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MOONHUNT

Who are the space tourists Elon Musk will send around the moon?

By Tim Fernholz

SpaceX’s ambitious mission around the moon and back again has raised important questions about technical feasibility and the company’s relationship with NASA. But the biggest mystery is, who are the two tourists who ponied up a “significant deposit” on a trip to deep space that will cost more than $100 million?

SpaceX CEO Elon Musk wouldn’t say yesterday, only confirming that the two clients knew each other, they aren’t pilots, and they can obviously afford the expense. He refused to share other details about their identities, saying the company promised to keep them quiet for the time being. But the company did say that “other flight teams” are interested in the trip, with Musk speculating the company could do one or two flights a year.

The proposed trip—a trip around the moon for two passengers lasting about a week—is almost the same as a scheme hatched by the tourism company Space Adventures, whose president told Quartz last year it had two clients booked for the mission.

Could they be the travel agents who brought SpaceX their newest clients?

“Space Adventures has been very supportive of SpaceX since the company’s inception,” company spokesperson Stacey Tearne told Quartz in an e-mail when asked about the firm’s involvement. “It is not our practice to comment on our any [sic] particular Space Adventures’ client’s prospective or planned mission before the client has announced it personally, regardless of vehicle, destination, or mission timeframe.” SpaceX did not respond to a request for comment on Space Adventures’ involvement by publication time.

Space Adventures has brokered eight trips to the International Space Station on Russian rockets for a number of wealthy space enthusiasts—for $20 to $30 million a pop. The “space flight participants” included Anouseh Ansari, the Iranian-American entrepreneur who recently accepted an Oscar on behalf of documentary filmmaker Ashgar Farhadi; Guy Laliberte, the co-founder of Cirque du Soleil; and, twice, Charles Simonyi, a Microsoft executive.

These trips, however, petered out in 2009, as the company found it more difficult to secure space on Russian trips to the International Space Center, in part because the retirement of the US space shuttle means there is only one type of spacecraft available to carry astronauts to the station.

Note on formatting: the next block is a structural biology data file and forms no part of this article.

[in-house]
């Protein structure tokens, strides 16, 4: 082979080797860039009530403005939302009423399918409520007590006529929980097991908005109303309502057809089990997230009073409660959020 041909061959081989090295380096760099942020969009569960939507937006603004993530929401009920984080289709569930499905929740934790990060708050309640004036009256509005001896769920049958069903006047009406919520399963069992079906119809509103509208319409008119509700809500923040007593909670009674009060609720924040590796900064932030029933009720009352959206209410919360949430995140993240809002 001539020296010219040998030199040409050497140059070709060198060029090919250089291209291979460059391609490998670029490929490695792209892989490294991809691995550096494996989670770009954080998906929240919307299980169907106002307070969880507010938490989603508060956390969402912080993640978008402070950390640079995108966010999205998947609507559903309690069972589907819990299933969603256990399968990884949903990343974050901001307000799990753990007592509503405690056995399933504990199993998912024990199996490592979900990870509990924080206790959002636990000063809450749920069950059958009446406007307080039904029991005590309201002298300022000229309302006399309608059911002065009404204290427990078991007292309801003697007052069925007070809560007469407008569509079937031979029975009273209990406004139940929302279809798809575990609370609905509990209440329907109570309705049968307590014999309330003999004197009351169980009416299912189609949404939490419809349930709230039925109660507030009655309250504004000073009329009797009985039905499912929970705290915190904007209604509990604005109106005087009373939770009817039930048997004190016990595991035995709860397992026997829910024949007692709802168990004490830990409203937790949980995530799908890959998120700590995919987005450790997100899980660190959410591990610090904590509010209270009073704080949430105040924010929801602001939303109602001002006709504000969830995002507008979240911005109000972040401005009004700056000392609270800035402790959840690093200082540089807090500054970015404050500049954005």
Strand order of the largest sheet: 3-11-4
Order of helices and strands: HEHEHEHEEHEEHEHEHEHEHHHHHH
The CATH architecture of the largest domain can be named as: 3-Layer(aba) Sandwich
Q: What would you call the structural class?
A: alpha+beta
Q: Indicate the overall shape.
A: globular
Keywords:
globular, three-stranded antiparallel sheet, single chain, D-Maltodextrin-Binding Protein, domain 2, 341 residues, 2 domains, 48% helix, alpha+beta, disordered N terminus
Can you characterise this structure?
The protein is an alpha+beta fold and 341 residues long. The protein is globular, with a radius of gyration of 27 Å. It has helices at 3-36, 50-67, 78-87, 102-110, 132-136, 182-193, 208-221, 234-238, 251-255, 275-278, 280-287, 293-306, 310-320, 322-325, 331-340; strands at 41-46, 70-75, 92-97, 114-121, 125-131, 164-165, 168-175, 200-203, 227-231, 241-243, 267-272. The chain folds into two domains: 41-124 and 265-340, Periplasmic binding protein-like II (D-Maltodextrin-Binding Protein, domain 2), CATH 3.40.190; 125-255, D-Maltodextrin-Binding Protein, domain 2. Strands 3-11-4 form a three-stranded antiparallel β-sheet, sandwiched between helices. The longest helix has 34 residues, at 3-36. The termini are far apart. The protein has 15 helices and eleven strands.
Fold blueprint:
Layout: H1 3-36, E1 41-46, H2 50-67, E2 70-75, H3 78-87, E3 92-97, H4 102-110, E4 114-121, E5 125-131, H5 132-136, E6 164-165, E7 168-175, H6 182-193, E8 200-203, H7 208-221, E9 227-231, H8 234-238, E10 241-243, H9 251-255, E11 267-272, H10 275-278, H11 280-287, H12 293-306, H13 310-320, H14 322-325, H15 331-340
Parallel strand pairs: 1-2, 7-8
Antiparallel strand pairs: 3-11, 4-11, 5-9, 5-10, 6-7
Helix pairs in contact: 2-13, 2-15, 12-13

In April 2016, Space Adventures’ president, Tom Shelley, told Quartz in detail about a moon mission, also using Russian rockets but not involving the International Space Station, that the company had been contracted to design on behalf of two clients. It involved launching the two clients and a professional cosmonaut, docking with an additional habitation module, and going around the moon. The goal was to fly before the end of the decade.

Asked if newer commercial companies like SpaceX presented an easier path to space than the global space bureaucracy that runs ISS, Shelley sounded bullish.

“It could be in the future; SpaceX needs to fly people first,” he said at the time. “As much respect as everybody has for what they have achieved, they haven’t yet flown people… We’ll see what happens when they are successfully able to fly people.”

The mission under discussion, if it goes off on schedule, would follow a successful manned flight by SpaceX on behalf of NASA, proving that the Dragon 2 spacecraft meets the space agency’s standards for human flight. It’s not clear, however, whether the Falcon Heavy rocket SpaceX says it will fly will have met those standards, though Musk noted that the rocket was essentially three of the company’s Falcon 9 rockets, which should be certified to carry human passengers by NASA, strapped together.

While the list isn’t long, there are more than a few wealthy people with dreams of space adventure. Many of them have founded their own companies toward this end, including Musk; his rival at Blue Origin, Amazon founder Jeff Bezos; Virgin Galactic honcho Richard Branson; Microsoft co-founder Paul Allen; and former InfoSpace founder Naveen Jain, whose company MoonExpress aims to launch an unmanned lunar probe this year.

It’s possible that the candidates are on the list of some 700 people who have plopped down $250,000 deposits to fly on Virgin Galactic’s suborbital spacecraft when it is ready. It includes a number of potential celebrity duos: Tyler and Cameron Winkelvoss, Justin Bieber and Lady Gaga, and—we can probably rule this one out now—Brad Pitt and Angelina Jolie. Singers Lance Bass and Sarah Brightman separately underwent training to visit ISS before their missions wound up being cancelled.

Sometimes, space flight participants aren’t enormously wealthy but get lucky: The first Malaysian astronaut, Sheikh Muszaphar Shukor, was a physician who won his trip after Russia threw it in as an extra when Malaysia purchased billions of dollars of Russian fighter jets in 2003.

Now, though, all eyes will be watching for wealthy duos visiting SpaceX’s campuses across the country.

Tim Fernholz
Reporter
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